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Write a Close Reading

Read the assignment guidelines carefully

If you have been assigned a close reading as an assignment, circle keywords or ideas that the professor uses in the guidelines. You'll want to include these words and concepts in your answer. Next, look for these words or concepts in the text itself. Where do they appear? Does the meaning of the word differ in these different examples?

Often, the definition of concepts an author gives at the beginning of a text will develop or evolve as the text progresses. These shifts or contradictions can be a helpful starting point for analysis. Does the author have a consistent definition for a concept (this is rarely the case)? For example, if there isn't a consistent definition, does this mean that the author is trying to slip something new into the argument without actually accounting for it?

Avoid just summarizing

Assume that your reader has read and is familiar with the text that you are analyzing, the characters you are referring to, and so on. In other words, it is not necessary for you to provide extensive plot summary or character description in your close reading. This does not mean that you should avoid summary altogether, but that you should be sure to use it sparingly and only when it relates directly to your argument – and even here, keep it brief.

Tell your readers only what they need to know to recognize the importance of your passage and to understand your interpretation. A close reading should value analysis over summary.

Aim to use plot details strategically: tell readers where you are in the text/story/poem and give a brief description of context. Move as swiftly as possible to analysis—this is the most important part of your paper.

This example provides too much detail:

In the second scene of Hamlet, Hamlet gives his first soliloquy. Earlier in the scene, he was talking with his mother and uncle, the new king. He is disgusted by his mother’s behaviour and thinks it is unacceptable that she has so quickly forgotten the king (Hamlet’s father) and remarried his uncle, who has ascended to the throne. He says a beast, that wants discourse of reason,/Would have mourn'd longer’ (I.ii.203-4)…

This example is better:

Hamlet’s first soliloquy reveals his disgust for his mother’s hasty remarriage after the king’s death. He judges her harshly, declaring that ‘a beast, that wants discourse of reason, Would have mourn'd longer’ (I.ii.203-4)…

Put the argument in your own words

One of the most common pitfalls is misusing terms or using wordy structures. This often occurs when writers do not define the terms that they are using. Alternatively, a writer might use compound sentence structures in an attempt to make the point sound more academic. Both mistakes can harm the readability and credibility of your writing. Professors want to know that you understand the material—the best way to demonstrate this is by translating the ideas into your own words. Imagine you are explaining the idea to a friend. Use simple, clear language.

Another tip: be very cautious about using phrases such as "in my opinion." If you are asked for your opinion, make sure you draw on the text to show reasons for your conclusions.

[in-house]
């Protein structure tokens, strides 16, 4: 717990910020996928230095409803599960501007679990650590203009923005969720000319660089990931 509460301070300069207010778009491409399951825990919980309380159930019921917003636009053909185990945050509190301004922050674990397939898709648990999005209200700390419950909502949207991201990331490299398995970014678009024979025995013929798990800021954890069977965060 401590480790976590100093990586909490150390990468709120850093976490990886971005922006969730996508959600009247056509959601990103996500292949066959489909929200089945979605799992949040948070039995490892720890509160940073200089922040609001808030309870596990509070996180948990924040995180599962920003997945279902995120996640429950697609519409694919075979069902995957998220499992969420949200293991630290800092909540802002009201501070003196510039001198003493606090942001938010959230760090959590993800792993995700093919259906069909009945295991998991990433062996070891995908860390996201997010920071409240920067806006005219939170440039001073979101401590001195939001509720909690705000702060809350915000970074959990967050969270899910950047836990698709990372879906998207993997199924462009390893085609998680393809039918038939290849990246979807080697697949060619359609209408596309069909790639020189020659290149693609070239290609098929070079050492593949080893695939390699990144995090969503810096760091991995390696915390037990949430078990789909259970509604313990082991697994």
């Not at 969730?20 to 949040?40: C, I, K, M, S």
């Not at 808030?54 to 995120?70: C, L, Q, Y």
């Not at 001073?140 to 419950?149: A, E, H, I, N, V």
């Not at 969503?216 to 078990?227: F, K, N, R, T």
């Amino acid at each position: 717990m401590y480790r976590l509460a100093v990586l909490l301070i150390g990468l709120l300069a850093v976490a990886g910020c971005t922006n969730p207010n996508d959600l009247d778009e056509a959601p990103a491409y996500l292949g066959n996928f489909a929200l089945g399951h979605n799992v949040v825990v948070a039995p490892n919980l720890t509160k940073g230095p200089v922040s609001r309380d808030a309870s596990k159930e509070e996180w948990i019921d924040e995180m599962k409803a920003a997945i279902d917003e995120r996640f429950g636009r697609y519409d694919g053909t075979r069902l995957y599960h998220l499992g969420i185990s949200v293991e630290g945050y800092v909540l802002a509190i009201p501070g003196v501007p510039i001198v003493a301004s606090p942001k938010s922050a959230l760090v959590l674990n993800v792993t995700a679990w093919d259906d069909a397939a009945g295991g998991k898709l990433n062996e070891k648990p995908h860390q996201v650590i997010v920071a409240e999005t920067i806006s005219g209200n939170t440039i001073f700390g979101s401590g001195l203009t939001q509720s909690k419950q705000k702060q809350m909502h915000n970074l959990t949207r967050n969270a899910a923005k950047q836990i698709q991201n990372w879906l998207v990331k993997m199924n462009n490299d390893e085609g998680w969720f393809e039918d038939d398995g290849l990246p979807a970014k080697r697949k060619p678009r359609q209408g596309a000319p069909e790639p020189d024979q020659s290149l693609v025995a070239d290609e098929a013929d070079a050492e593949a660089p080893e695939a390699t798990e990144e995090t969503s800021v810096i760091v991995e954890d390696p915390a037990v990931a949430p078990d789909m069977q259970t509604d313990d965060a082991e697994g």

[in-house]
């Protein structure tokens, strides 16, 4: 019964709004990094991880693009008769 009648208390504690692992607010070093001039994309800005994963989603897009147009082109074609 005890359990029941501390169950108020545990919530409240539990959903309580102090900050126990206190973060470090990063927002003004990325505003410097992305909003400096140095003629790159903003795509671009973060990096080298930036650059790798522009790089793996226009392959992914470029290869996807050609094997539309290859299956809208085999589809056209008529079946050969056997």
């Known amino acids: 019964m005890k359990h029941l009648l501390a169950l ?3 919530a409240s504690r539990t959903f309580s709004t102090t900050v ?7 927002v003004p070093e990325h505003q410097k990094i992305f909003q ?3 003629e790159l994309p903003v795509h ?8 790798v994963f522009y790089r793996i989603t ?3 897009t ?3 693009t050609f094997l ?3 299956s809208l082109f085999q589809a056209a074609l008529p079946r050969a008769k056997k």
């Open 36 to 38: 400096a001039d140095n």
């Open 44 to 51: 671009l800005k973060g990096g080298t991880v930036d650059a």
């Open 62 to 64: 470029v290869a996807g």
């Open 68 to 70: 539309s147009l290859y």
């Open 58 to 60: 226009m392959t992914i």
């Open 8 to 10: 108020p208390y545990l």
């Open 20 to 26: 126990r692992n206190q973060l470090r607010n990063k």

Stay close to the text

Provide specific examples from the passage of literary and rhetorical devices to advance your claims about how these devices create meaning.

Remember: everything you include in your close reading should relate directly to the task of explaining what the author means. When you include examples to explain your argument, make sure they are succinct and relevant.

One good way to stay close to the text is to incorporate quotations. Things to keep in mind:

  • Use quotations sparingly and strategically, to capture key phrases or definitions.
  • Quote only as much as you absolutely need— sometimes a word or phrase is enough. If you quote more than one or two lines, your readers might a) not read it and b) question your judgment.
  • Never include a quotation without telling your reader what it means and why it matters. Integrate your quotation in the paragraph by introducing it before and responding to it after.


Mill argues that this freedom to follow "desires and impulses" is what determines character, which he calls "the stuff of which heroes are made" (57). In short, he claims that if we reject individuality, we're rejecting heroes—something no one would argue for.

If you are selecting evidence for an essay, focus on key quotations and leave yourself room to explain them in detail. Remember that a close reading should prioritize depth over breadth.

Connecting to larger themes

If you are still finding it difficult to connect your observations to larger themes of the text, try going back to

  • Your notes on the text
  • Your notes from class lectures, discussions, and seminars
  • The larger themes of the course (Often, re-reading the course outline can help to identify these themes.)
  • Published articles that focus on the text

You could also ask the following questions:

  • Are the social/political/economic conditions different now from the period during which the author was writing?
  • How might the conditions of the period have influenced the author's argument?
  • Why is this argument important?

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